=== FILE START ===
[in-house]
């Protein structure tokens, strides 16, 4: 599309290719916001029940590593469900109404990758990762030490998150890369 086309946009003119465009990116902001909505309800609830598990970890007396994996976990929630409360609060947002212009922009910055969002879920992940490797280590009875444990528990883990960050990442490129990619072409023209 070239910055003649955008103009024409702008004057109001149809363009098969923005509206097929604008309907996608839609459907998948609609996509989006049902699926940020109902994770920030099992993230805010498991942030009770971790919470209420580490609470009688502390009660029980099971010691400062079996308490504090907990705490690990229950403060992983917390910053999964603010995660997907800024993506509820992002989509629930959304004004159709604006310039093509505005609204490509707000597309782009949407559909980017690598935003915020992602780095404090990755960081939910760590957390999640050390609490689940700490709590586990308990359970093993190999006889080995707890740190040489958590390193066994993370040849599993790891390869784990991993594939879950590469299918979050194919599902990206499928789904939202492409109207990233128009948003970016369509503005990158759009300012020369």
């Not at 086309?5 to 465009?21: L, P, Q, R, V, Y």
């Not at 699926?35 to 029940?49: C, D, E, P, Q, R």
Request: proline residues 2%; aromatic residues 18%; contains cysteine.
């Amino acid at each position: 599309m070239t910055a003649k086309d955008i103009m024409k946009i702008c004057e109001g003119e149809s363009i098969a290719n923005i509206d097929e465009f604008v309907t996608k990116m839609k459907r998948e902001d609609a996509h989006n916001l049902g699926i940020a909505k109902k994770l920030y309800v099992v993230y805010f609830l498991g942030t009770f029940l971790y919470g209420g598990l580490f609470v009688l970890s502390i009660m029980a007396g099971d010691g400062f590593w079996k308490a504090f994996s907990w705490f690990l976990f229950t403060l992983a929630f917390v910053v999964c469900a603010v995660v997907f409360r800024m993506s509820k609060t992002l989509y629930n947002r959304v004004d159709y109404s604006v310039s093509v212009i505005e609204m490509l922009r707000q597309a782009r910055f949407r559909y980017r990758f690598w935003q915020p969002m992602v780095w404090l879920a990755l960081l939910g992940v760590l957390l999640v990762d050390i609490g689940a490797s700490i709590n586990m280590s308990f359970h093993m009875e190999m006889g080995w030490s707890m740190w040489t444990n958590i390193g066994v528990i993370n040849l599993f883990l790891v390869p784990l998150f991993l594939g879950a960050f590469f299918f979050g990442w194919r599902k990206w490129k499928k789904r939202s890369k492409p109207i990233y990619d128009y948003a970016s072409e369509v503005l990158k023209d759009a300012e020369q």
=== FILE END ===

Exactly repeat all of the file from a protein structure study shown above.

[in-house]
């Protein structure tokens, strides 16, 4: 599309290719916001029940590593469900109404990758990762030490998150890369 086309946009003119465009990116902001909505309800609830598990970890007396994996976990929630409360609060947002212009922009910055969002879920992940490797280590009875444990528990883990960050990442490129990619072409023209 070239910055003649955008103009024409702008004057109001149809363009098969923005509206097929604008309907996608839609459907998948609609996509989006049902699926940020109902994770920030099992993230805010498991942030009770971790919470209420580490609470009688502390009660029980099971010691400062079996308490504090907990705490690990229950403060992983917390910053999964603010995660997907800024993506509820992002989509629930959304004004159709604006310039093509505005609204490509707000597309782009949407559909980017690598935003915020992602780095404090990755960081939910760590957390999640050390609490689940700490709590586990308990359970093993190999006889080995707890740190040489958590390193066994993370040849599993790891390869784990991993594939879950590469299918979050194919599902990206499928789904939202492409109207990233128009948003970016369509503005990158759009300012020369």
């Not at 086309?5 to 465009?21: L, P, Q, R, V, Y």
């Not at 699926?35 to 029940?49: C, D, E, P, Q, R």
Request: proline residues 2%; aromatic residues 18%; contains cysteine.
């Amino acid at each position: 599309m070239t910055a003649k086309d955008i103009m024409k946009i702008c004057e109001g003119e149809s363009i098969a290719n923005i509206d097929e465009f604008v309907t996608k990116m839609k459907r998948e902001d609609a996509h989006n916001l049902g699926i940020a909505k109902k994770l920030y309800v099992v993230y805010f609830l498991g942030t009770f029940l971790y919470g209420g598990l580490f609470v009688l970890s502390i009660m029980a007396g099971d010691g400062f590593w079996k308490a504090f994996s907990w705490f690990l976990f229950t403060l992983a929630f917390v910053v999964c469900a603010v995660v997907f409360r800024m993506s509820k609060t992002l989509y629930n947002r959304v004004d159709y109404s604006v310039s093509v212009i505005e609204m490509l922009r707000q597309a782009r910055f949407r559909y980017r990758f690598w935003q915020p969002m992602v780095w404090l879920a990755l960081l939910g992940v760590l957390l999640v990762d050390i609490g689940a490797s700490i709590n586990m280590s308990f359970h093993m009875e190999m006889g080995w030490s707890m740190w040489t444990n958590i390193g066994v528990i993370n040849l599993f883990l790891v390869p784990l998150f991993l594939g879950a960050f590469f299918f979050g990442w194919r599902k990206w490129k499928k789904r939202s890369k492409p109207i990233y990619d128009y948003a970016s072409e369509v503005l990158k023209d759009a300012e020369q």